Since the movie showing was so late, we shopped for a couple of things at Gerrard Square and then had lunch at home. Then we set out for the library to drop off a DVD and then crossed over to the Shoppers to mail off the taxes. (I had printed out the very last pages in the morning and double and triple checked them. I wanted to check something against my 2016 T4 but couldn't find it. If I can't locate it in another few days, I'll request a replacement. If it turns out that I did overpay in 2016, I'll just request a refund for the 2018 taxes. I really don't want to refile at this point.)
The post office at the Shoppers was completely out of commission. I really don't understand how their system could be down and for so long (they estimated a couple of hours), but this really threw me off. I decided it was best just to go downtown and figure the nearest post office. I have to say that the post office app does not work well on the phone, and it took probably at least 10 minutes of fiddling around to find out that there was a store open in the U of T bookstore. So we picked up a book at Robarts and then walked down to the bookstore. I was able to calm down after the package was mailed off. I was hoping to find a UT toque, since I seem to have lost my winter hat. (I'm sure it's somewhere in the house but not sure where.) Surprisingly I didn't see any winter gear on sale, so maybe they already sold it all off. I saw a bunch of sweatpants on sale, but didn't want to try them on, since I was in a bit of a hurry. I did get a long sleeve t-shirt for about $5, so that was a good deal, though it only partly made up for the long detour imposed on me by Shoppers. I will say that my mood did improve a bit as the rain let up.
Anyway, we then took the replacement bus to Landsdowne. I wanted to see this Douglas Coupland exhibit before it closed. I had hoped to go Friday after work, but work got in the way... Sat. was actually the last day, so there was a bit of urgency. I've never been to the Daniel Faria gallery, and it took a bit of work to find it, but we managed it and saw the exhibit. It was interesting. Basically, all the pieces are trash (mostly plastic) that Coupland or his collaborators have pulled from the waters off of the BC coast, and then he has either painted or gilded them.
I decided since we still had a bit of time to kill, we should go to the AGO. This would probably be the last time my son could see the Mitchell Riopelle exhibit. (I may stop by one more time next week, especially if there are any paintings in the exhibit where my camera phone photos are just too blurry.) Note that the exhibit closes May 6, so only one more week to go!
We also saw the teaser for the Yayoi Kusama exhbit (we have tickets for mid May). It's a room full of mirrored balls. This is the only part of the exhibit that the general public can see without a ticket.
Anyway, the Mitchell Riopelle exhibit did not disappoint. However, it is a little sad at how empty it was. I suppose almost everyone in the museum is lining up for Kusama. We pretty much had the exhibit to ourselves. I already posted a bunch of photos in this post, but here are some others that I liked quite a bit.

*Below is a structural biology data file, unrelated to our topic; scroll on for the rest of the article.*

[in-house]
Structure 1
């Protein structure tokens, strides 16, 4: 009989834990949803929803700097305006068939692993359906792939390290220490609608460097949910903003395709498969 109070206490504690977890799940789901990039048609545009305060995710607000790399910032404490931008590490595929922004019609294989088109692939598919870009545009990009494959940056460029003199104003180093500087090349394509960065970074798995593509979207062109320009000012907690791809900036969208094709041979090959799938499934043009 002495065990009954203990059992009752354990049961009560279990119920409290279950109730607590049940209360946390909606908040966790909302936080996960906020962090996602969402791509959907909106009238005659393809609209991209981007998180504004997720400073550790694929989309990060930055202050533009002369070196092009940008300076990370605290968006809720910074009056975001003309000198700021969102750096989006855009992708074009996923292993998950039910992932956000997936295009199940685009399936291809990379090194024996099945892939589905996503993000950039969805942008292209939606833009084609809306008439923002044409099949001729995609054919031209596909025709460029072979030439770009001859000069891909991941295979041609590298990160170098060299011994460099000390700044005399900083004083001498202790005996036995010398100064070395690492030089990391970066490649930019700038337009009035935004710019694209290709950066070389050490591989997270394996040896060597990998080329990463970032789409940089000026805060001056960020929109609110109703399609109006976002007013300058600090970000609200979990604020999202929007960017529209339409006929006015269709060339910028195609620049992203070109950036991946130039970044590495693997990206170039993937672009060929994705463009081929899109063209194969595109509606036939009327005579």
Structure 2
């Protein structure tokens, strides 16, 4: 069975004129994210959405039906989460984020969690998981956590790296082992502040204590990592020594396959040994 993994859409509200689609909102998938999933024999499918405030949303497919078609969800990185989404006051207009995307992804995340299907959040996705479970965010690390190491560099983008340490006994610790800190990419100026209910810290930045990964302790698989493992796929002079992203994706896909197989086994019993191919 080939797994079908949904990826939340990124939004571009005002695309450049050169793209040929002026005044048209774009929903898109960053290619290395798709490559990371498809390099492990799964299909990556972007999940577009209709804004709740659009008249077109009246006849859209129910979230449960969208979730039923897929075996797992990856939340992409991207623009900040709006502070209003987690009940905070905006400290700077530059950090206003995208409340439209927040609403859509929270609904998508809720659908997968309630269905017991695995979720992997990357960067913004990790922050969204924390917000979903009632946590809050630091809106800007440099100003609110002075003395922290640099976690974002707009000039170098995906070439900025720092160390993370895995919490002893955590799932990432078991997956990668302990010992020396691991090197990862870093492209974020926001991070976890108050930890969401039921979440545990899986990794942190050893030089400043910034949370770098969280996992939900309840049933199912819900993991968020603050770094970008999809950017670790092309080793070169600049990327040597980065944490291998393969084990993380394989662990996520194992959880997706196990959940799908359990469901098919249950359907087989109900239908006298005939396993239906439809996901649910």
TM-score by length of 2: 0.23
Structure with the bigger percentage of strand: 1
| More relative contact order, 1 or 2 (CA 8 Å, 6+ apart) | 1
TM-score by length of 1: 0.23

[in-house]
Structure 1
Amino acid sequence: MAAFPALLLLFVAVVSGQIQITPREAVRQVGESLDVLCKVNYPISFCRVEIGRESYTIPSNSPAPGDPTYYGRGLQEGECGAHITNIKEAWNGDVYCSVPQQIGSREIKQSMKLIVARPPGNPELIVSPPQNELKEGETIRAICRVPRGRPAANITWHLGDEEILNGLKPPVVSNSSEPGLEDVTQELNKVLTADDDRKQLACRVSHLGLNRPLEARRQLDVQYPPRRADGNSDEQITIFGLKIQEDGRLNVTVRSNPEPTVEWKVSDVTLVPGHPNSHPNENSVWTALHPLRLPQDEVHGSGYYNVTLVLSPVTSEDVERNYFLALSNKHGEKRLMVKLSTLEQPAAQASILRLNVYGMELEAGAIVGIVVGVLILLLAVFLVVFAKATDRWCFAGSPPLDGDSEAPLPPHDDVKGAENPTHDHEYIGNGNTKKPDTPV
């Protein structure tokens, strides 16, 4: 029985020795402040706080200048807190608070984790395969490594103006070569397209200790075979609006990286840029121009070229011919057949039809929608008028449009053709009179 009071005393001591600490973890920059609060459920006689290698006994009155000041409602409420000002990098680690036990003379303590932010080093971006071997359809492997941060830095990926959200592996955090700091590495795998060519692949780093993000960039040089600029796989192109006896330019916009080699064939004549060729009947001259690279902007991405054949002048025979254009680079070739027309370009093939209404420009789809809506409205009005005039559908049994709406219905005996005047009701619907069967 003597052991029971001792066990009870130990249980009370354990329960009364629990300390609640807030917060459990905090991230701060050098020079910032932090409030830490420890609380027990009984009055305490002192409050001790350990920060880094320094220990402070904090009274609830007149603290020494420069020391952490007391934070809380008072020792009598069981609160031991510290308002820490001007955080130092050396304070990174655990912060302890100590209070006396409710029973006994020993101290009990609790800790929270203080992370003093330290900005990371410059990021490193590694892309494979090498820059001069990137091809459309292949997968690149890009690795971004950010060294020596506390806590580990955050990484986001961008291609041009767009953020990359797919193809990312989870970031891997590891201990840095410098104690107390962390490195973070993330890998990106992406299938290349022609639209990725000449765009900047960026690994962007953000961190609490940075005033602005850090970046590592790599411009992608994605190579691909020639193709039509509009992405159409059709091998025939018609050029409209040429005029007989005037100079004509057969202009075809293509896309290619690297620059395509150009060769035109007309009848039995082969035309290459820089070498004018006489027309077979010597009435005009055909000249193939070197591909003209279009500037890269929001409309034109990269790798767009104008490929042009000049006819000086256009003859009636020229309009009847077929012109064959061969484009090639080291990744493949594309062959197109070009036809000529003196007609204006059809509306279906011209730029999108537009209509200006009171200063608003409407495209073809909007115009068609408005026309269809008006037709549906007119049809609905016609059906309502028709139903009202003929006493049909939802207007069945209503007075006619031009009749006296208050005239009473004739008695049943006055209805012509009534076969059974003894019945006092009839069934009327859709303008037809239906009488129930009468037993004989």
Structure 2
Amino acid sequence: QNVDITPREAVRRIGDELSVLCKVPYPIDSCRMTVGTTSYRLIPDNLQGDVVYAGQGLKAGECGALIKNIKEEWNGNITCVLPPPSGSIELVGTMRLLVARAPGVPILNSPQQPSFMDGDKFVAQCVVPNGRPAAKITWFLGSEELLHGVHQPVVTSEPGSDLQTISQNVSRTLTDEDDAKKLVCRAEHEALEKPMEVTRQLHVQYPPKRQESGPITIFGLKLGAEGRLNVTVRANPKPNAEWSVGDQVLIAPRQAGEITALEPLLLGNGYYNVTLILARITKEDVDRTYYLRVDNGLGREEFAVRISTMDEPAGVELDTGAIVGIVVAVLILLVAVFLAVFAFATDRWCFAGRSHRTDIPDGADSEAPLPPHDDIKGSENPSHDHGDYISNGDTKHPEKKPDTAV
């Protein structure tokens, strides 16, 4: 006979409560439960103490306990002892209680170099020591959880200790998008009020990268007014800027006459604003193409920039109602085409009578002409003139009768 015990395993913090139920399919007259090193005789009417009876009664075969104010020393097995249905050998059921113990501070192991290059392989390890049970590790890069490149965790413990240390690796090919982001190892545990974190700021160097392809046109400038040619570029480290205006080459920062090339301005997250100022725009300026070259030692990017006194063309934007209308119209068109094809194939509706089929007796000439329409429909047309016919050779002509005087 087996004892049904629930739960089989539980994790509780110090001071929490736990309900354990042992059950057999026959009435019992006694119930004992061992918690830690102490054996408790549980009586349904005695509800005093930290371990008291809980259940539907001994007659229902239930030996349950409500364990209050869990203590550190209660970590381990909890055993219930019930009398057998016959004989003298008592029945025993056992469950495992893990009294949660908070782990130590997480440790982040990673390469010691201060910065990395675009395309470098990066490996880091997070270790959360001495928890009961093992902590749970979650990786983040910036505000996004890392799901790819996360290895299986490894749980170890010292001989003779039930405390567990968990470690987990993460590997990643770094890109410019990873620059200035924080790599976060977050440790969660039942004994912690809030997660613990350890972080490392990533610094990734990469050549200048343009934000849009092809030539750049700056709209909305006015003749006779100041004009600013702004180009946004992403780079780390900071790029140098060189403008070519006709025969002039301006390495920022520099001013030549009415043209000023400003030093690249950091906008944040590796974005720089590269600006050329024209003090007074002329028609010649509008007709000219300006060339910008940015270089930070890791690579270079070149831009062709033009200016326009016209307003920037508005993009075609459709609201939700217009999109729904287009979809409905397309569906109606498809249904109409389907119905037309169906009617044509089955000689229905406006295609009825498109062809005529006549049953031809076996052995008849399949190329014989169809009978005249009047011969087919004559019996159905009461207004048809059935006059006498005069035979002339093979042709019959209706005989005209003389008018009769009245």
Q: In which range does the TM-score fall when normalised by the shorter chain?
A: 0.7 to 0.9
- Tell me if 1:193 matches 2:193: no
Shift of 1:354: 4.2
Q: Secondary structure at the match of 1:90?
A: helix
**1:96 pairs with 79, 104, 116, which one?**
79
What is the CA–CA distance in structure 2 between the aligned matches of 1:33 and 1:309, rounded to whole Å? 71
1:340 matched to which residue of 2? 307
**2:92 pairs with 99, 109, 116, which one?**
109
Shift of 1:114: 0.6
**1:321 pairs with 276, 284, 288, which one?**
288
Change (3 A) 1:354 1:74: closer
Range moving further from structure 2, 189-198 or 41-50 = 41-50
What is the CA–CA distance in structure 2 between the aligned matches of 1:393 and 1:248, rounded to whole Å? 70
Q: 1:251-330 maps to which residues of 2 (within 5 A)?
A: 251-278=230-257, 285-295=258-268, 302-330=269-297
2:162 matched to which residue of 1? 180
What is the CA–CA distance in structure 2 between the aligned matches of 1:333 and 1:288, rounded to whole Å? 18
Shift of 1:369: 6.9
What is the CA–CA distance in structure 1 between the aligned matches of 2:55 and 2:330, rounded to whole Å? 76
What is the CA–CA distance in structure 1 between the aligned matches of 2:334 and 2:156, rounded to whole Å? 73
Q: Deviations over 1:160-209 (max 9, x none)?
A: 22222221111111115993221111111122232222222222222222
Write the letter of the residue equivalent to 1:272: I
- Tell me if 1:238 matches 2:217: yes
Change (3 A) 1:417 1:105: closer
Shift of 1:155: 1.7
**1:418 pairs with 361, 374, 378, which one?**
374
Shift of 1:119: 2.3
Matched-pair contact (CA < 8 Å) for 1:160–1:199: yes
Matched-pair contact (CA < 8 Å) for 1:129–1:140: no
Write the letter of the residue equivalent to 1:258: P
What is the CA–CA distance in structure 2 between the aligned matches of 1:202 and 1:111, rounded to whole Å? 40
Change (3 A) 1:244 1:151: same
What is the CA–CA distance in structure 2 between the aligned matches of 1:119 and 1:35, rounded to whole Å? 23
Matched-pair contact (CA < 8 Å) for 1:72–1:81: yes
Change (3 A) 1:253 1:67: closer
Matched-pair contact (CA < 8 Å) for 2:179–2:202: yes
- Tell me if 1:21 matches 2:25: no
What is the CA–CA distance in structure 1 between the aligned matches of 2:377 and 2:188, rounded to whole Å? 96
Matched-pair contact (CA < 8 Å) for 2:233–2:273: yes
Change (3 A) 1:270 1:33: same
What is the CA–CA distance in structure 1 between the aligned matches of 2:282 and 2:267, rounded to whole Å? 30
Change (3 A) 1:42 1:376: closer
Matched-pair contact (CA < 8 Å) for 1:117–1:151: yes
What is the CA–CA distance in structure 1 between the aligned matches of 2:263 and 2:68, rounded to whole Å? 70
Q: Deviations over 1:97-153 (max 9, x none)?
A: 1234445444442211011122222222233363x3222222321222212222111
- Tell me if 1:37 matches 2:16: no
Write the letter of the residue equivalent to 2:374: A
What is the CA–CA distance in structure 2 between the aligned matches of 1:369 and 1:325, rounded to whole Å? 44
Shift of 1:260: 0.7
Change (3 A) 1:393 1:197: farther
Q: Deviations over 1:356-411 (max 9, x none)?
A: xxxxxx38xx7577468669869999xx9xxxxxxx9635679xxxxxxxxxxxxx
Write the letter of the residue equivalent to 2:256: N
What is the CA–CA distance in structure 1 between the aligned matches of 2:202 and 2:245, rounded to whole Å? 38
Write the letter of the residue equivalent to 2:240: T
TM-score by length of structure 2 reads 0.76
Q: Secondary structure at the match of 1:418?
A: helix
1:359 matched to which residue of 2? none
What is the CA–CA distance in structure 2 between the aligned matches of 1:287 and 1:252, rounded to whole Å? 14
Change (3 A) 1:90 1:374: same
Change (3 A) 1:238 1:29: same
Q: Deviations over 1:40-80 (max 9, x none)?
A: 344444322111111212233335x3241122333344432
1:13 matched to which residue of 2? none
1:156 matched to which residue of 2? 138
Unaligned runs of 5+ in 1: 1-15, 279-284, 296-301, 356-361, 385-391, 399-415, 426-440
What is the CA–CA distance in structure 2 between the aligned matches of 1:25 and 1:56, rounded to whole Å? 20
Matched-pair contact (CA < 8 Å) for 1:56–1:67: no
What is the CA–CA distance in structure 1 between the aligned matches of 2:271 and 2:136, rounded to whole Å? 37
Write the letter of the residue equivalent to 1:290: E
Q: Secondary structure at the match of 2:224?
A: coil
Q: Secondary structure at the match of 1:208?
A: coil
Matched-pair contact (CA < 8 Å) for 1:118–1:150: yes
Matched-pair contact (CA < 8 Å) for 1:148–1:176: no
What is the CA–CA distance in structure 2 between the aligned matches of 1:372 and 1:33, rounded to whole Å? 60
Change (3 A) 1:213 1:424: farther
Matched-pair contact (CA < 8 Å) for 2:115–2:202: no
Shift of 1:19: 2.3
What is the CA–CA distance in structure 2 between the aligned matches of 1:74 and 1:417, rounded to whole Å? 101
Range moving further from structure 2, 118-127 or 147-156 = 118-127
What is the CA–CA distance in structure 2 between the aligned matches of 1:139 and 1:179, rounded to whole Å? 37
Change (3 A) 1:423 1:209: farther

This is the most imposing of all the Joan Mitchell paintings in the exhibit, and I think it is my favorite. Apparently, it is held by the Pompidou Centre in Paris though I don't recall seeing it on my visit there.
|Joan Mitchell, Chasse interdite, 1973|
|Joan Mitchell, Untitled, 1975|
This was one my son's favorites. While the style is totally different, the black-white reversal reminds me just a bit of Keith Haring.
|Jean-Paul Riopelle, Le ligne d'eau|
|Mitchell, Tilleul, 1978|
We were actually running a bit short on time for the movie, so I only took him around the corner to see this George Segal installation. It was only recently reinstalled at the AGO.
|George Segal, The Butcher Shop, 1965|
We made it to the movies on time. I have to say I can't believe they still haven't fixed the escalators. It is a huge problem in this place. I don't know how much to say about Ready Player One. It was a pretty entertaining ride, but there were a lot of changes, and I don't think it completely holds together if you haven't read the book. The whole thing was simplified down to only three keys (not three keys and three challenges within the gates). The movie challenge was switched over to a different movie (but probably one that was a lot more interesting from a cinematic perspective). Probably for the better, the action was switched away from always having Wade/Parzival being the hero. I-Roc was a much more interesting character this time around. Also, the hitting the reader over the head with the 80s references was definitely toned down and mostly was left to super quick visual homages, which was also good. However, Og's role was considerably reduced, and you never saw his annual party. Also, the way they shut down the orb was vastly more amusing in the book (and probably still would have worked in movie-form). There were other weird things the movie added, including a truly stupid throwaway line towards the end that they shut the Oasis down on Tues. and Thurs. Hello! Since all learning has been moved over to the Oasis (and probably quite a bit of other economic activity), I think that would cause a lot of problems that the High Five didn't think through. So definitely not a classic movie for all time, but fairly entertaining. Actually, the theatre was pretty full, so I guess not everyone did want to see the Avengers.
However, the movie didn't let out until 7:15 and we had only eaten popcorn, so I decided to forget about Candide and take my son to a Vietnamese place that I used to go to when I worked on Adelaide. That was pretty good, and then we headed for home. Overall, a fairly productive and very artistic day.